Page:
Capitol Report: Markets got ready for the latest U.S. inflation data and then waited, and waited and waited


It was a normal Friday morning on Wall Street. Notes from analysts about the trading day all said that one of the highlights would be release of the latest inflation reading for wholesalers and other early stages of the supply chain, giving investors an inkling of what price rises consumers may eventually face this year.

Traders got into their seats, turned on their screens and waited, and waited and waited. Nothing happened.

Cable-business television anchors, accustomed to reading the producer price index headlines live on-air, sat still for a few moments, and then made small talk to fill the dead-space. Pretty soon, their producers gave up and and told them to move on.

It wasn’t until 20 minutes later that the first details of the report tumbled into public view, thanks to Haver Analytics, a firm which takes the government data and transforms it into data charts beloved by economists. A spokesman for Haver said the BLS database system was still accepting and responding to network requests even though the data was not available on the website through a browser.

It wasn’t until 8:55 a.m. Eastern that the Bureau of Labor Statistics, which produces the report, posted “sorry for the delay in the PPI release folks” on its Twitter feed with the barest details of the report. Shortly afterwards, the data was available on the website.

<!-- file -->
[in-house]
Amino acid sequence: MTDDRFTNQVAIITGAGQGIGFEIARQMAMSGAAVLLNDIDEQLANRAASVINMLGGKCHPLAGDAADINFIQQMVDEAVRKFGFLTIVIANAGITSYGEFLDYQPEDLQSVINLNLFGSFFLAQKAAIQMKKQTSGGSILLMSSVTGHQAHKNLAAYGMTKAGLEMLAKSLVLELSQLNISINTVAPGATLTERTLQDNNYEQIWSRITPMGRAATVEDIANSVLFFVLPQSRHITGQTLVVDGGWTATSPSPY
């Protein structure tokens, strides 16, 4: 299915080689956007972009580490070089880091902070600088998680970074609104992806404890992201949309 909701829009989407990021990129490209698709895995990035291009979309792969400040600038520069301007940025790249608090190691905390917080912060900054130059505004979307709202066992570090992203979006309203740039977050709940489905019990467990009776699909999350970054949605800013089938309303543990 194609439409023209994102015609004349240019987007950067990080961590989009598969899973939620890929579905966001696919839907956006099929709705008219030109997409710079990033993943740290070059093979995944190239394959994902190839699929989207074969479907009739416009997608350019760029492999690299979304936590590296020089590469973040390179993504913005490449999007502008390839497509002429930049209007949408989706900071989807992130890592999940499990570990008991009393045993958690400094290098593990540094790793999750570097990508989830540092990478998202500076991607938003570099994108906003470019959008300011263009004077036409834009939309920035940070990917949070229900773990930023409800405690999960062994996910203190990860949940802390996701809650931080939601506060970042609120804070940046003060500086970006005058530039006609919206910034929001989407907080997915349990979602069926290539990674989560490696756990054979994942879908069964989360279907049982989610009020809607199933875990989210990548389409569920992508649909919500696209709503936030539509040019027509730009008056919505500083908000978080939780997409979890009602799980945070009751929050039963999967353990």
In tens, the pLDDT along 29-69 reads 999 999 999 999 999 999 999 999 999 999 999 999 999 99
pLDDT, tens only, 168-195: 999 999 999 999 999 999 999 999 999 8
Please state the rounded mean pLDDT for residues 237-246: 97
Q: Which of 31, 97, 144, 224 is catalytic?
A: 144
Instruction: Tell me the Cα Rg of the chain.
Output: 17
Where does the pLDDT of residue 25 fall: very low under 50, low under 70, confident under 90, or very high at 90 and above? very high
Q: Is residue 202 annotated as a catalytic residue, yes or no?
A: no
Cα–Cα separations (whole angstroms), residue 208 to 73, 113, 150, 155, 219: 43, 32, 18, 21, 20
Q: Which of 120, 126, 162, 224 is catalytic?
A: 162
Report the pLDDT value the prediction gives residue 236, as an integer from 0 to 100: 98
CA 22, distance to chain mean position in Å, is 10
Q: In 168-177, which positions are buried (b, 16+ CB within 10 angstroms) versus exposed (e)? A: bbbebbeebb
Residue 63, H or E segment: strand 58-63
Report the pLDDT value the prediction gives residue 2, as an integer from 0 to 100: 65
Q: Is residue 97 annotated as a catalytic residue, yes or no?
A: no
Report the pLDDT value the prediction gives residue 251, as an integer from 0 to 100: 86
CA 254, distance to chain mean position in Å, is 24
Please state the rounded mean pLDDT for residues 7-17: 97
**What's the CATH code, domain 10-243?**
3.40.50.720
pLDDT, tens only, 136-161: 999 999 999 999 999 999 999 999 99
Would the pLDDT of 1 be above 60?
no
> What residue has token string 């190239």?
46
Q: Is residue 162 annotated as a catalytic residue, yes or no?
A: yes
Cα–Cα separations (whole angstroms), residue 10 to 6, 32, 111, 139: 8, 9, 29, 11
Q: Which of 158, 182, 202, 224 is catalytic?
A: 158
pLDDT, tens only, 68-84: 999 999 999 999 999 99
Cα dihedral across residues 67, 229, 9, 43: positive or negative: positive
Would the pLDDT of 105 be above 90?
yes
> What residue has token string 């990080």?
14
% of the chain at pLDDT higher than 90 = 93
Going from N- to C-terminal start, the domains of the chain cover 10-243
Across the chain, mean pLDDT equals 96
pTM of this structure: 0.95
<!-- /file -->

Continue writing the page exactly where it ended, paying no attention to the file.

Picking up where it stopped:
So far, the government has been silent about the cause of the delay, saying only that an investigation is underway. Visitors to the BLS website were simply greeted with the message that the website was “busy.”

The March PPI index jumped 1% in March, twice the consensus expectation.

The snafu is the latest chapter in the strange tale of the publication of government economic indicators, the press who cover them, and the investors who love them.

For decades, reporters had access to the reports under a publication embargo in a secure room without communication tools until the release time, on the assumption that it would give the media time to understand and present the data in a way that would limit volatility if the market reacted only to piecemeal headlines.

But with the growing sophistication of the internet and high speed trading, the Labor Department became dissatisfied with this system and decided to end the practice of early media access.

The end of the so-called “lock-ups” for reporters has led to something of a technological arms-race with Wall Street and some in the media vying to be first to get the data from indicator websites. This means headlines created by artificial intelligence.

Randall Smith, chair of business journalism at the Missouri School of Journalism at the University of Missouri, criticized the Labor Department’s earlier decision to end lockups as “not a sign of a market-driven economy that is transparent.” He called on the new Biden administration to reverse course and allow reporters to have early access.

“Artificial intelligence doesn’t replace the ability of people to see trends that are not only important to markets but to the public,” Smith said.

If the delay was a problem of technology, it should be fixed. If it was a new policy of some sort, it needs to be challenged,” he added,

One disadvantage is that the thousands of banks, funds, investors and media around the world accessing the website fight to be first to “scrape” the data from the website which may mean some get an advantage in timing trades based on the data.

Yields on longer-term Treasury yields

moved higher after the producer price index was eventually published Friday morning, before retreating again.

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